While this is an ongoing debate, the Chiemgauer, a regional currency in Bavaria, has found an elegant solution for allowing exchange while upholding their core values. The way they do this is through the introduction of a commission rate when exchanging back to Euros. For example, it is possible to exchange 100 Chiemgauer for €95, losing 5 Euros (5%) for commission, of which €2 is allocated to administrative costs, and €3 becomes a donation to a nonprofit of the holder’s choice. This reaffirms the currency’s objective through a tangible activity, while also incentivising people to hold on to the local money for longer. As we can see by the example above, this solution also integrates the business model by letting the Chiemgauer group collect 2% commission on each exchange. The Chiemgauer, which today is working with over 600 SME and in 2015 had an annual turnover of €7.61 million is a great example on how to combine a business model with the core values.
One of the major reasons why fiat currencies are the norm all around the world is that we are legally obligated to pay taxes in those currencies. While many local currencies lack this feature, there is a notable example in Bristol that has managed to form a public partnership, allowing exactly that. The city government of Bristol permits inhabitants to pay their council tax using a local currency called the Bristol Pound (£B). It started as a paper-based currency in 2012, and has since progressed to also support digital payment over an app.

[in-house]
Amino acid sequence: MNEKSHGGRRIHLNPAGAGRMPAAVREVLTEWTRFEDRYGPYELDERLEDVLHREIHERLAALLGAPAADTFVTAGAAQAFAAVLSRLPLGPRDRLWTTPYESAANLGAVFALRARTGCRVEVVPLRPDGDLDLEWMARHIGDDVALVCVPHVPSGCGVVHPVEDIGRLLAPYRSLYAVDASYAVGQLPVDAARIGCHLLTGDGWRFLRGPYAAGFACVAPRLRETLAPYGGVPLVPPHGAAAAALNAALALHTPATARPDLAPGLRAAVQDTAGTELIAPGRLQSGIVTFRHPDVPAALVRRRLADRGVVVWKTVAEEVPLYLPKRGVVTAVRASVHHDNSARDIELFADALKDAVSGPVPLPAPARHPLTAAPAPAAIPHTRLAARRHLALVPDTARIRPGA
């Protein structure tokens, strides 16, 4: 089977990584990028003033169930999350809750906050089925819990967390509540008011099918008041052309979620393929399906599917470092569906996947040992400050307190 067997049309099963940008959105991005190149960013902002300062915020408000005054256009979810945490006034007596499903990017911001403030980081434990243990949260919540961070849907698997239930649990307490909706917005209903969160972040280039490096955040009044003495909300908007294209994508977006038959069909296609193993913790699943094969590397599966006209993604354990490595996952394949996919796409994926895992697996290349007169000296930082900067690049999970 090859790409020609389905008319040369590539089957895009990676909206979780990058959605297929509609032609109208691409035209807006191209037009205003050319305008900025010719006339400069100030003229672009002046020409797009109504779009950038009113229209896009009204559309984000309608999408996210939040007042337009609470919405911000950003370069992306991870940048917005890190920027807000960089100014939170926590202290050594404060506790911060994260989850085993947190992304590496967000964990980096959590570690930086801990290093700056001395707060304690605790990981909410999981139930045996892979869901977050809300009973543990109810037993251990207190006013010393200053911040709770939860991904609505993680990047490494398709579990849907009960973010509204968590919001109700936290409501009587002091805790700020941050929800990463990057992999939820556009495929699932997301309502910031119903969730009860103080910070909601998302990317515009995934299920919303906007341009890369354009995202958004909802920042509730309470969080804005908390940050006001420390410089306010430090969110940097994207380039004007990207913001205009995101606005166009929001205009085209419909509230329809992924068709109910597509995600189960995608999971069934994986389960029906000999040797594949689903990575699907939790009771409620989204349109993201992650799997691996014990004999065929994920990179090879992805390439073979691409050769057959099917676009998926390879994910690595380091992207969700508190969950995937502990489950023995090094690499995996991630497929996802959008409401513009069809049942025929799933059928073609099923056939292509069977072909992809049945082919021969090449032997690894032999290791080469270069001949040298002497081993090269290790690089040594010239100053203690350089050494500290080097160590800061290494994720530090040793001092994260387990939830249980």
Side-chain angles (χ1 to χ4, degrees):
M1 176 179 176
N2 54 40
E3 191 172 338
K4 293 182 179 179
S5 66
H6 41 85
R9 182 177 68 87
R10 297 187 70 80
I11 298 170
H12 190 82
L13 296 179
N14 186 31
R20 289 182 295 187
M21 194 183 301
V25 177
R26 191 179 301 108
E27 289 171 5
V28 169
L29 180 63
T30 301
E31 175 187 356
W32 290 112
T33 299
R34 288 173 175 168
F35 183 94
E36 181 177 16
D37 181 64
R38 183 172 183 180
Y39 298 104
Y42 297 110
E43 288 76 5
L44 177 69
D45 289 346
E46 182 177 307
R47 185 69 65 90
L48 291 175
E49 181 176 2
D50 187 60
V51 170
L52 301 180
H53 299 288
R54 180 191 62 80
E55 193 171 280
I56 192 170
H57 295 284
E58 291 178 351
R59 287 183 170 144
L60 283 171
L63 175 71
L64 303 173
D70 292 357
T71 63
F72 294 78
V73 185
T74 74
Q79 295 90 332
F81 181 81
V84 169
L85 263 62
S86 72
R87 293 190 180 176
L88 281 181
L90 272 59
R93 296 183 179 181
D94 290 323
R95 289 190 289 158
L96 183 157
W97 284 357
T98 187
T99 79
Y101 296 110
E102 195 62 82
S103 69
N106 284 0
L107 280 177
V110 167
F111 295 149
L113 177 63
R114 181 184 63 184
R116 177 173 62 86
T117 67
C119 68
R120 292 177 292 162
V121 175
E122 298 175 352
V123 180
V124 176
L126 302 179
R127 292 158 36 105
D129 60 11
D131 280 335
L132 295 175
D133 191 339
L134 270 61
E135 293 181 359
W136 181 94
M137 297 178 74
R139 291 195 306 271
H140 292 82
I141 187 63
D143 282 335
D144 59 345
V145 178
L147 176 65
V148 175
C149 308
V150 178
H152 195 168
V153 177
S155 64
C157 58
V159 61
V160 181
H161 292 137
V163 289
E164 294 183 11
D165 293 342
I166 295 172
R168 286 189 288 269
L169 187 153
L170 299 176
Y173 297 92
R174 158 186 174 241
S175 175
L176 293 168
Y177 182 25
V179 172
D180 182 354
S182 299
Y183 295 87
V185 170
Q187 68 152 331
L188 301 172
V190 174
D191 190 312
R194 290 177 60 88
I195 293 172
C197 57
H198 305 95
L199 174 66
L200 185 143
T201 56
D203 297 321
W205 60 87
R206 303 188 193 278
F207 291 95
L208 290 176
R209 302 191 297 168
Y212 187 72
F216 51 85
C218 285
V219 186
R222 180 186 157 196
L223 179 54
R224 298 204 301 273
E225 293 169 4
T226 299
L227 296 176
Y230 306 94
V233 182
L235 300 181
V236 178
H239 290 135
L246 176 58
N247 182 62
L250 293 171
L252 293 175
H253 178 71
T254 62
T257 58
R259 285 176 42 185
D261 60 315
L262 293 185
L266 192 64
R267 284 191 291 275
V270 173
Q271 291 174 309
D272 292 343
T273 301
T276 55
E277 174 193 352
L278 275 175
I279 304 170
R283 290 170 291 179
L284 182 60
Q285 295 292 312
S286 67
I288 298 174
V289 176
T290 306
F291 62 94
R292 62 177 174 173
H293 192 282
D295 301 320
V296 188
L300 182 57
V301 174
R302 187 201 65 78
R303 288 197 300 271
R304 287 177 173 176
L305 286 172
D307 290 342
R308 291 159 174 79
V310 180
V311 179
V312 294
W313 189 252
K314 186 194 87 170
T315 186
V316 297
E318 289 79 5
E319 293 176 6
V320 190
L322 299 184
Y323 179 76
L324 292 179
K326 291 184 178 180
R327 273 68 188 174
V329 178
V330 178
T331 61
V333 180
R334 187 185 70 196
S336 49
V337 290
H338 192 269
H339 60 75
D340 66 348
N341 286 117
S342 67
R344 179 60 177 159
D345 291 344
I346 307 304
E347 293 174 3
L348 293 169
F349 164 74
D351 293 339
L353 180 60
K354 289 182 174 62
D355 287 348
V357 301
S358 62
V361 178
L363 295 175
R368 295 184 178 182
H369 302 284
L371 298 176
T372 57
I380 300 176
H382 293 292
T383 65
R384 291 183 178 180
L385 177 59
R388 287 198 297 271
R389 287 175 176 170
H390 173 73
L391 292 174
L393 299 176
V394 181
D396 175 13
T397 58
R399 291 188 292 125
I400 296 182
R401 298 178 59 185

Allowing taxes to be paid in £B was the initiative of former Bristol mayor George Ferguson who to further politically endorse the currency, boldly accepted his full salary in £B. This showed that the city treasury will not end up hoarding the currency because they have no way to spend it and boosted the currency’s circulation, trustworthiness, and success; but only temporarily. In 2016, Marvin Rees, who is not as vehement about the Bristol Pound as Ferguson, took office as mayor. According to scholars at the workshop, this lack of support has resulted in a Bristol Pound’s use has declined. Experts, therefore emphasised the importance of diversifying between public and private partnerships. Initiating any currency in an urban context, means that its creators need to diversify partnerships among SME and the public authority of the area.
With our aim of the ECO coin becoming a global currency, we know that the next important step is to establish the currency as a local currency in an urban context. Above we saw three examples that, although very different in their nature, have managed to do so successfully. While in its own right, the ECO coin will have to find its own path, we have a lot to learn from the mistakes and accomplishments of other local currencies and for that the workshop in Brussels proved invaluable. As a next step, we will be testing, devising and learning from solutions in an urban Living Lab in our hometown of Amsterdam. In 2020 we look forward to building more partnerships with local shops as well as knowledge institutes, national companies and communities whilst improving on the technicalities that are needed to run a digital currency in Amsterdam.